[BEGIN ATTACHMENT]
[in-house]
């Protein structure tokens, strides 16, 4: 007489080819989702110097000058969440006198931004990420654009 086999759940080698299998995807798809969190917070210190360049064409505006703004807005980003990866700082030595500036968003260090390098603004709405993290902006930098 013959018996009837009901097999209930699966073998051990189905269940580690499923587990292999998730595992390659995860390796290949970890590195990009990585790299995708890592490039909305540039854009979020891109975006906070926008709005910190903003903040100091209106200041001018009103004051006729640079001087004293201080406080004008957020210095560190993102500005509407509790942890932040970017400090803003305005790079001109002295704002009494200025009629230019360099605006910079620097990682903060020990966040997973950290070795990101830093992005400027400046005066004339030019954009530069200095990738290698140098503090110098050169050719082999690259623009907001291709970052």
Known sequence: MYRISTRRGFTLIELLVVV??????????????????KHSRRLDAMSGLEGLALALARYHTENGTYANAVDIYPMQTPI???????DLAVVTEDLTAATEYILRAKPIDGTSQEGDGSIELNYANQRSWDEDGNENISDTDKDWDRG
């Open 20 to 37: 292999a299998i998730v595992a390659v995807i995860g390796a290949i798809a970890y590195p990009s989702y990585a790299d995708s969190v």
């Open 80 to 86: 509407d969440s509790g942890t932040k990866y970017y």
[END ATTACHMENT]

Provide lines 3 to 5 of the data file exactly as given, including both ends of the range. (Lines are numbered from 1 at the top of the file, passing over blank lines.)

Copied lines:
Known sequence: MYRISTRRGFTLIELLVVV??????????????????KHSRRLDAMSGLEGLALALARYHTENGTYANAVDIYPMQTPI???????DLAVVTEDLTAATEYILRAKPIDGTSQEGDGSIELNYANQRSWDEDGNENISDTDKDWDRG
């Open 20 to 37: 292999a299998i998730v595992a390659v995807i995860g390796a290949i798809a970890y590195p990009s989702y990585a790299d995708s969190v």
């Open 80 to 86: 509407d969440s509790g942890t932040k990866y970017y």